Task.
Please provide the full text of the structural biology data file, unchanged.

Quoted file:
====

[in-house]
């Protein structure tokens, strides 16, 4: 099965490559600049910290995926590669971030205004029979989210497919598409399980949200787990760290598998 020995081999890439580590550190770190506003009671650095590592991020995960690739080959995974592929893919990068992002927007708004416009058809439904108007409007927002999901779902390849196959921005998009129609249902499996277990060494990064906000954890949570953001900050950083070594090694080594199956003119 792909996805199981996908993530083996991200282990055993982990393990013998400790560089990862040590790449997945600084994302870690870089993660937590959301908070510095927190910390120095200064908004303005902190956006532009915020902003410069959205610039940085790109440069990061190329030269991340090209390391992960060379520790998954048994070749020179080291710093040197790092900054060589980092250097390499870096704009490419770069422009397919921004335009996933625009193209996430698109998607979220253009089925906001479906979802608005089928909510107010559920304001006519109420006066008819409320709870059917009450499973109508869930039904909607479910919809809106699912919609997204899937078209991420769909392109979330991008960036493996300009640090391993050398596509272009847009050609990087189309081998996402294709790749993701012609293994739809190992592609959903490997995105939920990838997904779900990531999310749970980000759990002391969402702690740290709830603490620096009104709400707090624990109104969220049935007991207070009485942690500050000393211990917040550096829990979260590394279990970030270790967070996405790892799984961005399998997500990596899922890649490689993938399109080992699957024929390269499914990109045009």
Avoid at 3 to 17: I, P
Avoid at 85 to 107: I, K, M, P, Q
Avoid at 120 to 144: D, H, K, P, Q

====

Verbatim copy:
[in-house]
């Protein structure tokens, strides 16, 4: 099965490559600049910290995926590669971030205004029979989210497919598409399980949200787990760290598998 020995081999890439580590550190770190506003009671650095590592991020995960690739080959995974592929893919990068992002927007708004416009058809439904108007409007927002999901779902390849196959921005998009129609249902499996277990060494990064906000954890949570953001900050950083070594090694080594199956003119 792909996805199981996908993530083996991200282990055993982990393990013998400790560089990862040590790449997945600084994302870690870089993660937590959301908070510095927190910390120095200064908004303005902190956006532009915020902003410069959205610039940085790109440069990061190329030269991340090209390391992960060379520790998954048994070749020179080291710093040197790092900054060589980092250097390499870096704009490419770069422009397919921004335009996933625009193209996430698109998607979220253009089925906001479906979802608005089928909510107010559920304001006519109420006066008819409320709870059917009450499973109508869930039904909607479910919809809106699912919609997204899937078209991420769909392109979330991008960036493996300009640090391993050398596509272009847009050609990087189309081998996402294709790749993701012609293994739809190992592609959903490997995105939920990838997904779900990531999310749970980000759990002391969402702690740290709830603490620096009104709400707090624990109104969220049935007991207070009485942690500050000393211990917040550096829990979260590394279990970030270790967070996405790892799984961005399998997500990596899922890649490689993938399109080992699957024929390269499914990109045009």
Avoid at 3 to 17: I, P
Avoid at 85 to 107: I, K, M, P, Q
Avoid at 120 to 144: D, H, K, P, Q